Earlier on today, I was told I'm not a writer. This surprised me, because I've been writing for a long time now. Scripts, prose, comics, blogs, even the odd poem. The point was then clarified. "You're not a writer, you're a dude who writes, and writes well." While I appreciate the compliment, it still didn't ring true with me. I asked what the difference was. The answer given was as follows:- "For one, the grand total of books of writings of yours published by a major publisher is...?"
Ah, so to be a writer, you have to be published by a major publisher, or at least getting paid to write. Otherwise, you're just someone who writes.
No. Wrong. I may not get paid to do it at the moment, but I am definitely a writer. Now, I'll be honest, there are a lot of people out there who claim to be writers, but aren't. A lot of people who label themselves writers only write the occasional blog, maybe once a month, in which most of the words they use more closely resemble a random number spat out by a calculator, and end every sentence with the non-word "LOLZ". These people, despite their claims, are not writers.
So what does make a writer? Well, it's probably subjective, and I bet you'd get a different answer from any writer you asked. For me though, it boils down to a few key points. First of all, commitment. A writer lives and breathes writing. When they're not writing, they want to be writing. Sometimes it's hard, yes. When you're not getting paid to write, and also have to work a nine to five job, finding the time to write, or even the will, can be tough. But a true writer will do it. I try and find some time to write every day. Even if I only get ten minutes of writing time, I make sure I've written something every day. Sure, the next day I may delete everything I've written the previous day, but I still did it. I still wrote. If you can't be bothered to put the effort in, then you're not a writer.
Another key point is a basic grasp of the language you choose to write in. In my case, that would be English. I'm not saying I don't make mistakes. I do. I get the spelling and the grammar wrong, I choose the wrong words, I write shit that sometimes just doesn't make sense. But I don't stick numbers in words. I don't use that most dreaded of things, text speak. There are so many bloggers out there whose blogs I just can't read because their butchery of the English language, which can be quite beautiful at times, is so absolute as to render the entire thing nonsensical. If you can't use language, you're not a writer. A writer needs to be understood by readers.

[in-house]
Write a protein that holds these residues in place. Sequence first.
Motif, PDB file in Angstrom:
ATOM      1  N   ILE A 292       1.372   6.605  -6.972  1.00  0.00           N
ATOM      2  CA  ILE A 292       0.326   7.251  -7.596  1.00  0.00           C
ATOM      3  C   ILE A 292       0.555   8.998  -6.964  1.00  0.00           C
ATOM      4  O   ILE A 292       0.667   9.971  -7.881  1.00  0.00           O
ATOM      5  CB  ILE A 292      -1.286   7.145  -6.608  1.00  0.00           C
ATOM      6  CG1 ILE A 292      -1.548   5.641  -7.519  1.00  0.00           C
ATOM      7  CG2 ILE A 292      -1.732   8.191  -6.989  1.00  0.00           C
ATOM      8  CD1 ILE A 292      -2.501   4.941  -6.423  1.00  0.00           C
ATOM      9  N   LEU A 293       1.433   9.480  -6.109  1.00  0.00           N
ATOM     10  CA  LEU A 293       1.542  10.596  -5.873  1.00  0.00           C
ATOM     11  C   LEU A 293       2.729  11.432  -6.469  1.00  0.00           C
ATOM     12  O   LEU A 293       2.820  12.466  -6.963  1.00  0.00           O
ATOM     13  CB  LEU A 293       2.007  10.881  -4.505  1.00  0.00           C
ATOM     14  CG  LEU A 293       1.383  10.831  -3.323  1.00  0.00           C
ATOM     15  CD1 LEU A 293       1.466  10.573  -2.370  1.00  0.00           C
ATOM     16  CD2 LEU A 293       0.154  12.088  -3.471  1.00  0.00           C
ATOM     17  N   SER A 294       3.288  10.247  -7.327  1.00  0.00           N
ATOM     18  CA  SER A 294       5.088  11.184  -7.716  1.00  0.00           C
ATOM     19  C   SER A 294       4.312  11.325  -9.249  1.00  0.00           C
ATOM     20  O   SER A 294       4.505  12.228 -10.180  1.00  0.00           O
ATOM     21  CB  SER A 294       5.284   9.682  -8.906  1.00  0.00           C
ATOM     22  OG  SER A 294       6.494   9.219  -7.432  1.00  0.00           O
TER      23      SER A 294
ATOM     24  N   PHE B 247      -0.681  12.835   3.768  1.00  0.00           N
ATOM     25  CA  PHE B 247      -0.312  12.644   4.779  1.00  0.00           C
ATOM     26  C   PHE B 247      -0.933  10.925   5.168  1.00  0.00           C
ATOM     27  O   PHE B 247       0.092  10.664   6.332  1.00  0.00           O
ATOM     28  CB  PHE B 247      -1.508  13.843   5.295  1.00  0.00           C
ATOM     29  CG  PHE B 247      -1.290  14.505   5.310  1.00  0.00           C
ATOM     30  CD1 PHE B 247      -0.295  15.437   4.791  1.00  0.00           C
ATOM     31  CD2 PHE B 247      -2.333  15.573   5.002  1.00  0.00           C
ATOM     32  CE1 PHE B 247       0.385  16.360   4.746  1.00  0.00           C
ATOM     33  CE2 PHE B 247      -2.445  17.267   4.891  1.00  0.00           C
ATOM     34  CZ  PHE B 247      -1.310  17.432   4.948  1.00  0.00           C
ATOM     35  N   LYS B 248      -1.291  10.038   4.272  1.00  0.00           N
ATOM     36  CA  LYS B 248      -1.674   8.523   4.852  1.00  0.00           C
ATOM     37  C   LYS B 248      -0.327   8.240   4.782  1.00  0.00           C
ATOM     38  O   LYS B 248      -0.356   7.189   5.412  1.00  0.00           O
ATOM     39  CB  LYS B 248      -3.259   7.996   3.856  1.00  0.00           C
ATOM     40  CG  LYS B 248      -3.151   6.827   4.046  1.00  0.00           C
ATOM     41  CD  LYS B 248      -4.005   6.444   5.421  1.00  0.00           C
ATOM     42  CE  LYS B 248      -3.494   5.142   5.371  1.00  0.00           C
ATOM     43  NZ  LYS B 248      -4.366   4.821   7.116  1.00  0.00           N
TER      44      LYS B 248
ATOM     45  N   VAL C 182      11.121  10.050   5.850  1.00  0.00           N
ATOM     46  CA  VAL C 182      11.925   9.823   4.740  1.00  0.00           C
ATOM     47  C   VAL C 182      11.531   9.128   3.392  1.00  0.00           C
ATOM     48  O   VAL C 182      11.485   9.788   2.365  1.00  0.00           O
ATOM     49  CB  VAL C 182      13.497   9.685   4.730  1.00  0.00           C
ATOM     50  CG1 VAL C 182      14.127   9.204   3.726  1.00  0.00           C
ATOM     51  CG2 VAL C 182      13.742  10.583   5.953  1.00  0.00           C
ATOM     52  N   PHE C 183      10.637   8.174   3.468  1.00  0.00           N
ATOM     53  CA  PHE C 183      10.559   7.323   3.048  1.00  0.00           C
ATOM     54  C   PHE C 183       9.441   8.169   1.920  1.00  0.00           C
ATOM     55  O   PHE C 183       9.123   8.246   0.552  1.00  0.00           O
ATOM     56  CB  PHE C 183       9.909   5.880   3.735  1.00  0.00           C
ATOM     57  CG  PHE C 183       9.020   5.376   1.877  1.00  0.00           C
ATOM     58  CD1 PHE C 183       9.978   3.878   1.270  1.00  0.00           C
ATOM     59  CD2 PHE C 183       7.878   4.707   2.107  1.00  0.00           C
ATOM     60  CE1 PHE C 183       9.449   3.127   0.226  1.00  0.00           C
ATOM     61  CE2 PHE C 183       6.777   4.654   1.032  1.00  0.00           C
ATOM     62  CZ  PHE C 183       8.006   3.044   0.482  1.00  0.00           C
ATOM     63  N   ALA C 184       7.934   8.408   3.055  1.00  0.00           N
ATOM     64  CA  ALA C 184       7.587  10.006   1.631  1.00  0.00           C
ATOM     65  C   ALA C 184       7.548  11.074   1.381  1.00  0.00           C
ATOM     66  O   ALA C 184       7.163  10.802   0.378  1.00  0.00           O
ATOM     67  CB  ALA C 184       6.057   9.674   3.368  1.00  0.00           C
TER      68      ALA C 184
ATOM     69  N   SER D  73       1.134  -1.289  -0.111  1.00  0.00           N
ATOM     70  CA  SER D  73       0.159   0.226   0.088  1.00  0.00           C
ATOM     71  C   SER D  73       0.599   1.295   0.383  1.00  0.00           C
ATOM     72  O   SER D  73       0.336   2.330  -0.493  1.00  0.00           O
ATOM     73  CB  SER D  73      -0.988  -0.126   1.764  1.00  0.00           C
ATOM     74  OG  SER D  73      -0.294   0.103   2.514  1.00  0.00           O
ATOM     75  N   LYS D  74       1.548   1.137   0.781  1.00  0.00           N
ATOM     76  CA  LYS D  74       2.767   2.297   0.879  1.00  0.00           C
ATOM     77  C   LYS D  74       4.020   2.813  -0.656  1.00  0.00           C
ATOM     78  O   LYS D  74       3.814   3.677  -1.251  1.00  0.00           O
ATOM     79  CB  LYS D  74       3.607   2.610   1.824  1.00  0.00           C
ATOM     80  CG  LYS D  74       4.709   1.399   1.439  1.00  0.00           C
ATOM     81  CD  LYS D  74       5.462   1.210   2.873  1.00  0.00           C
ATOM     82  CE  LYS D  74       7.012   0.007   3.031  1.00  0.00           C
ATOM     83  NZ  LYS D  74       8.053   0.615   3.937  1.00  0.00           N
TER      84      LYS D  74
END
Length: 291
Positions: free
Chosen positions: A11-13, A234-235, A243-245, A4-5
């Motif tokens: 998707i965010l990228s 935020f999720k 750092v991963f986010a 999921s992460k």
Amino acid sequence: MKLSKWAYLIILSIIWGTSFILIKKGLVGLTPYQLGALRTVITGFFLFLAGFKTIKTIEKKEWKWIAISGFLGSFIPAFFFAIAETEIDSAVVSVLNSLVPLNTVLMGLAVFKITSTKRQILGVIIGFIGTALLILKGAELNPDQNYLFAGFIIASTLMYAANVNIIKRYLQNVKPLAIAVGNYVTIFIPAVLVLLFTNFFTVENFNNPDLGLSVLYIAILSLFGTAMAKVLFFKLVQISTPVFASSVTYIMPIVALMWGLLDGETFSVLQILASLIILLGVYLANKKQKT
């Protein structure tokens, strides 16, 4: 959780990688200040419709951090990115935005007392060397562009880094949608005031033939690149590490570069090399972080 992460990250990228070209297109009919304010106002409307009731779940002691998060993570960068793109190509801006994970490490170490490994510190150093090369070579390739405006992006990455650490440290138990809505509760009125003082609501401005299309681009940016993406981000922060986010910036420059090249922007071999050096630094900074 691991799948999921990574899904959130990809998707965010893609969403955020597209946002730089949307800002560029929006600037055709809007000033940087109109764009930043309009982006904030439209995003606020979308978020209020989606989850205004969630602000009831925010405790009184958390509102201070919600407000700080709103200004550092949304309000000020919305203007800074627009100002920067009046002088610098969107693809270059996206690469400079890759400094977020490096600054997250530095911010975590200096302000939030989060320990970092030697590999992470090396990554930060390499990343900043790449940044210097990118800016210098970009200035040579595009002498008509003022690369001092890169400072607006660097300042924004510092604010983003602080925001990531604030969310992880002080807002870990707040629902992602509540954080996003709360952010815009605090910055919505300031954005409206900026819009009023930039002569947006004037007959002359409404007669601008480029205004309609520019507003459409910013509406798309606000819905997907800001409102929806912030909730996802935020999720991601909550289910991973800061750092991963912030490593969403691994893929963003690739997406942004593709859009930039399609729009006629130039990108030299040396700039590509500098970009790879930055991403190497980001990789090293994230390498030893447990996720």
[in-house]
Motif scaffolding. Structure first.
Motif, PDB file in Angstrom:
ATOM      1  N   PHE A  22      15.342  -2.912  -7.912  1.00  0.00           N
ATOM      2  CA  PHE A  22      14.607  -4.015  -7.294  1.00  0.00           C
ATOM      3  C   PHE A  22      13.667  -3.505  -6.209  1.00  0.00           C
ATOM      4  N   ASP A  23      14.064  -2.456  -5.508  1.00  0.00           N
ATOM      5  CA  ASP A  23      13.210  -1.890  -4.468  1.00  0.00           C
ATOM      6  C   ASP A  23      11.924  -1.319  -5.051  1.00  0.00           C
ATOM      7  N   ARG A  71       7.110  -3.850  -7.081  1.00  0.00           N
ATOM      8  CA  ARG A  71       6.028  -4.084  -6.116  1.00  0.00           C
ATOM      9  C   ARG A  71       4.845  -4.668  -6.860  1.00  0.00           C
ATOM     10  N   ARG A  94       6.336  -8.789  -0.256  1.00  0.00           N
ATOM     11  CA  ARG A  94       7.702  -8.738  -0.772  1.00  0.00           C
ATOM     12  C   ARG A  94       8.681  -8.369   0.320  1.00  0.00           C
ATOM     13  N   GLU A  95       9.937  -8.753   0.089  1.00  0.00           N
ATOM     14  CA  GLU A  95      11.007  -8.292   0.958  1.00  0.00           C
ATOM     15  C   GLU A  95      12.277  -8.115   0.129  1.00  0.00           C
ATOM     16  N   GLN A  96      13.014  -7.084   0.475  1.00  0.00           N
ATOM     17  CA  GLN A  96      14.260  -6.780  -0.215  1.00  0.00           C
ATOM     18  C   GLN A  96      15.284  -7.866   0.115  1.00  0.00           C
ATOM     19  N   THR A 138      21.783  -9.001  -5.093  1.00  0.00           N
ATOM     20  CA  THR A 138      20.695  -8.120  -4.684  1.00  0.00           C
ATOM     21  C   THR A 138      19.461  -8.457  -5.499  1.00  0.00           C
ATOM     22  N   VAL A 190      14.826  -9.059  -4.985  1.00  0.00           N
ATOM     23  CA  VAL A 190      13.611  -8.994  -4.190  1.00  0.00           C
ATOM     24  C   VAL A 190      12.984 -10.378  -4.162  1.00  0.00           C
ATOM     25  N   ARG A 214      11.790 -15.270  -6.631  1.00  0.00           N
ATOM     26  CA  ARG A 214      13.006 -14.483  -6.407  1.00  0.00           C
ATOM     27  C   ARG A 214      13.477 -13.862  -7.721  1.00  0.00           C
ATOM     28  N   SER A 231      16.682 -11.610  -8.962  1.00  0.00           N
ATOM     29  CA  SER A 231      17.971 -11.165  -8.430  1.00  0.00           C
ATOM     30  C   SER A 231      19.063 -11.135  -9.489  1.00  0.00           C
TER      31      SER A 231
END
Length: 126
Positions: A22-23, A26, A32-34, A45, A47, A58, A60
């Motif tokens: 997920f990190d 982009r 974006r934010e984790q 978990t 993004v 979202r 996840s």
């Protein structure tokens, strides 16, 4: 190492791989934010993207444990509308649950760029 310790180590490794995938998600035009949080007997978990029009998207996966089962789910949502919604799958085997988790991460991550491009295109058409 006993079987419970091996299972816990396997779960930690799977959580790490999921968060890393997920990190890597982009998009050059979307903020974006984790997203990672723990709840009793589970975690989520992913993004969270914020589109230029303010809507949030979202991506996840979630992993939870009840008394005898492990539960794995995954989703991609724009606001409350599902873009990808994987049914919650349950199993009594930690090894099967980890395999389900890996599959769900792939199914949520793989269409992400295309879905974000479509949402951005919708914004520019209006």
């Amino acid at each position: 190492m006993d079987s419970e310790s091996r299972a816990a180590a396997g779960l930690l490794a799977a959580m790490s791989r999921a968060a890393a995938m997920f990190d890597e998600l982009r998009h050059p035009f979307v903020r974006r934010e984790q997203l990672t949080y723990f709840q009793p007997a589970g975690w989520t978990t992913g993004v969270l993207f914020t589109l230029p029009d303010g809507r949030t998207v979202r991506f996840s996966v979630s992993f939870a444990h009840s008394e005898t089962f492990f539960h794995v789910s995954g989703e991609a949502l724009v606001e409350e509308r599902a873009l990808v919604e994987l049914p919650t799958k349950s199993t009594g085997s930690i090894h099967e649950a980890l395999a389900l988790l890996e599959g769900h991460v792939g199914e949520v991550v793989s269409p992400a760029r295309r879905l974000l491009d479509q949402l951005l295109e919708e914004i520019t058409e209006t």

And there's the other main point of my argument. Why is someone who isn't getting paid to write not a writer, but someone who reads without getting paid to do it is a reader? Likewise, I play computer games a lot. I don't get paid for it. I am a gamer. My sister's fiance, Chris, plays the drums. He doesn't get paid to do it. He's still a drummer. I can go on, though I don't think I need to. If all of those are true, then why is it not true of writing?
There is a difference between being a writer and being a paid writer, but the thing they both have in common is that they are both writers. I've been fortunate to speak to some very good writers in my time, who have been paid to write, as well as knowing others who have done the same. There are plenty of writers out there who get paid to do it, who are happy to give advice to the rest of us. Neil Gaiman, Peter David and Stephen King are all known to give advice to the people they meet who tell them they're writers, and who try to help them out. They don't turn around and say "Have you been published? Because if you haven't, you're not a writer."
It's actually the words of Orson Scott Card which spring to mind now. If you meet him and tell him you're a writer, he will always respond by asking "Are you?" If you respond hesitantly, mumble about not being published or have any reaction other than "Yes, I am", then you're not a writer, so I suppose it's also a mental thing.
It's not about being published though, it's about writing. I write. So, am I a writer?
Yes. I am.